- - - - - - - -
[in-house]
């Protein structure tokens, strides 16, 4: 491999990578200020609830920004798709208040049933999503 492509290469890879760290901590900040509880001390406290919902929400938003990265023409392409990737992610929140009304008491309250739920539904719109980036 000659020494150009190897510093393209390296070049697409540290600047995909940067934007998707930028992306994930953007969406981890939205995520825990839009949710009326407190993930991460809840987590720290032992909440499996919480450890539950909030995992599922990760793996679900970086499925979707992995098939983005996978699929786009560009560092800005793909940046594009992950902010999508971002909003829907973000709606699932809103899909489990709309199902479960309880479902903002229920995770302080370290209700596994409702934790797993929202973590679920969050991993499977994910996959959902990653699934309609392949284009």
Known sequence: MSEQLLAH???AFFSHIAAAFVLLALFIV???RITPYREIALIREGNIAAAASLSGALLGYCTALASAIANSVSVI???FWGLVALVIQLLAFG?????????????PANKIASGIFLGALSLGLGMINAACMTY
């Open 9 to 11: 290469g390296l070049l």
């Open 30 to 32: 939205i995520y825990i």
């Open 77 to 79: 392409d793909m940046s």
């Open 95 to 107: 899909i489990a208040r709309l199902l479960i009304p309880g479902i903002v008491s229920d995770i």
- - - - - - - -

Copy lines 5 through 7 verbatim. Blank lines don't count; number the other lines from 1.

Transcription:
């Open 30 to 32: 939205i995520y825990i």
């Open 77 to 79: 392409d793909m940046s």
């Open 95 to 107: 899909i489990a208040r709309l199902l479960i009304p309880g479902i903002v008491s229920d995770i």